A critical date is approaching for those 701/2 and older. Dec. 31 is the deadline for those with retirement plans to take their annual required minimum distribution, or RMD, from their accounts.
Also known as minimum required distribution, or MRD, this is the mandatory minimum yearly withdrawal that you must make from your traditional IRA and defined-contribution plans, such as 401(k)s or 403(b)s, starting in the year you turn 701/2.
The IRS requires this because it wants its money after years of deferred taxes on the funds.
“In exchange for this tax deferral, you are required to take the money out and pay tax on it during your retirement years,” said Tom Murphy, certified financial planner at Murphy & Sylvest in Dallas.
If you don’t take the money out by the deadline, you’ll suffer dearly for it. The IRS penalty is 50 percent of the amount that you should have withdrawn.
“If you had a $10,000 MRD and you failed to take that $10,000, the IRS would be looking for a $5,000 penalty,” said Maura Cassidy, director of retirement at Fidelity Investments.
Simply put, the RMD requirement applies to any retirement account in which you’ve contributed tax-deferred money or had tax-deferred earnings.
It does not apply to Roth IRAs during the owner’s lifetime but does after the account owner’s death.
Beyond that, the rules regarding RMDs are complicated, so it’s a good idea to consult a financial adviser.
Generally, an RMD is calculated for each retirement account by dividing the account’s balance on the previous Dec. 31 by a life expectancy factor that the IRS publishes in various tables.
“For example, if you are 71 years old and your IRA balance was $100,000 on Dec. 31, 2013, you divide that amount by 26.5, making your 2014 RMD $3,773.58, which must be taken out of the account by Dec. 31, 2014,” Murphy said. “The IRS tables are designed to force all the money out of the retirement plans over your life expectancy.”
Your spouse’s age also is important when calculating your RMD, and it affects which IRS table you need to use.
If your spouse is the sole beneficiary of your retirement plan and he or she is more than 10 years younger than you, you use the Joint and Last Survivor Table to calculate your RMD.
“If your spouse is more than 10 years younger than you, then the amount that you have to take out is less,” Cassidy said. “The idea is that IRA is covering for two lives and it’s a longer life expectancy. They allow you to stretch it out longer because of the younger spouse.”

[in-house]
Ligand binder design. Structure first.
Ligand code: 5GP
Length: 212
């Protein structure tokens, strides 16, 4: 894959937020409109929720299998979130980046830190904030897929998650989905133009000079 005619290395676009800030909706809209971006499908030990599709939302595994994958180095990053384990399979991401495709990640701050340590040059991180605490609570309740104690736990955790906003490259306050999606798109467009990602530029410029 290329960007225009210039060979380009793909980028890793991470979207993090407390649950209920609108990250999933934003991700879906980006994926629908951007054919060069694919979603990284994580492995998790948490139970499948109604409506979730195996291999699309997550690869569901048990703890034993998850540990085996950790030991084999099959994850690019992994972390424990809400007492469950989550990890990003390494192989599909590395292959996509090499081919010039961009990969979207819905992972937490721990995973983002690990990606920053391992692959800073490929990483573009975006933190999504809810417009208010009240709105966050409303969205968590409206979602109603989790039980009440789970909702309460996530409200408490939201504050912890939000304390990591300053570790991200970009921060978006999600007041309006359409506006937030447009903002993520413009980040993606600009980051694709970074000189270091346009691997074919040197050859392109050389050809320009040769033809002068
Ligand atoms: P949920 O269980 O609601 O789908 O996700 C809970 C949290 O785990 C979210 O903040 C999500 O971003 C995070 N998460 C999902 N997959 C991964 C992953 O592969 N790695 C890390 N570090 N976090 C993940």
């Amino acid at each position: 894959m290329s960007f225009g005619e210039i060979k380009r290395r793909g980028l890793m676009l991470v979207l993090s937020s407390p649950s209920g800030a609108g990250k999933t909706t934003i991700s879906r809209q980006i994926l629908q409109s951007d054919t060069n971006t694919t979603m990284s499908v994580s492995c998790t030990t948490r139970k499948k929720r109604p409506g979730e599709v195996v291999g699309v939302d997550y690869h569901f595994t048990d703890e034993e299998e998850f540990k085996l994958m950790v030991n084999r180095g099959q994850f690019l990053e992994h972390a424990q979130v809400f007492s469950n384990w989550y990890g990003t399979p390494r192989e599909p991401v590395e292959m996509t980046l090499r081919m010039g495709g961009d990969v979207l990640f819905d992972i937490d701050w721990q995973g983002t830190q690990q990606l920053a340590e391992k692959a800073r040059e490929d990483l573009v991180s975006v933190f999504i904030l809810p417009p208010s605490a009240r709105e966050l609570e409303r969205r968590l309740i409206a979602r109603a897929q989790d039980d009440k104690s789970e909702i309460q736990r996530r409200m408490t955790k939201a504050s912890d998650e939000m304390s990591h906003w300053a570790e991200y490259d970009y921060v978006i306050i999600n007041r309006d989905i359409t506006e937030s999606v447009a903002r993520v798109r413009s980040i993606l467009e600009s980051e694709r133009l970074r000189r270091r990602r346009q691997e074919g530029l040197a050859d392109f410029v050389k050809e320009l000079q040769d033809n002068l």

If your spouse isn’t the only beneficiary or isn’t more than 10 years younger than you, you use the Uniform Lifetime Table.
If this is your first time taking an RMD, you don’t have to worry about the Dec. 31 deadline because you have until April 1 to withdraw the money.
But don’t dilly-dally.
“We caution people: If they do delay it, they’ll have to take two next year,” Cassidy said. “They’ll have to take the 2014 MRD by April 1, and then they’d have to take their 2015 MRD by Dec. 31.”
And that could spell trouble come tax time because “you would have to pay taxes on both distributions in one year,” Murphy said.
Also, taking two RMDs in the same year could push you into a higher tax bracket.
“Therefore, most people take their first distribution in the year they turn 701/2 and do not postpone it to the next year,” Murphy said.
“If you have any holdings in the account that you need to liquidate in order to have the MRD distributed, I would definitely recommend taking that action now because it can take several days to have the holdings settle and be able to come out of the account,” Cassidy said. “You don’t want to come up on the last few days of the year without having the right amount ready to distribute.”
So what if you have more than one type of retirement plan?
This is common. You may have several IRAs and 401(k)s, and the rules for each are different.
“If all your plans are IRAs, you may take your RMD out of one plan, out of all of them or any combination,” Murphy said.
In other words, the RMDs for your IRAs must be calculated separately, but the total can be taken out of one of the IRAs or any combination of the accounts.
For example, let’s say you have two IRAs and the RMD for each is $5,000. You can take it all from one account, or take a portion from each IRA as long as the total adds up to $10,000.
The rules are different for 401(k)s: An RMD must be taken separately from each of them.
So in the previous example, you would have to take the entire $5,000 from the 401(k) for which the RMD is calculated.
“For a 401(k), it’s more plan-specific,” said Cassidy. “We always recommend people talk to the plan provider if they have any questions.”
“If you are over 70-1/2 and still working, you are not required to take distributions from an employer-sponsored plan unless you own 5 percent or more of the company,” Murphy said. “You are, however, required to take RMDs from any IRAs.”
There are benefits to delaying withdrawal of the money.
“If you are working and are younger than 70 1/2, then most of the time you will want to defer taking Social Security and should not take retirement plan distributions, allowing the money to compound,” Murphy said.
The required minimal annual withdrawal rules apply to:
■SIMPLE (Savings Incentive Match Plan for Employees) IRAs
■SEP (Simplified Employee Pension Plan) IRAs
■Most 401(k) and 403(b) plans
■Most Keogh plans
For more information: IRS Publication 590: Individual Retirement Arrangements. Online at irs.gov/pub/irs-pdf/p590.pdf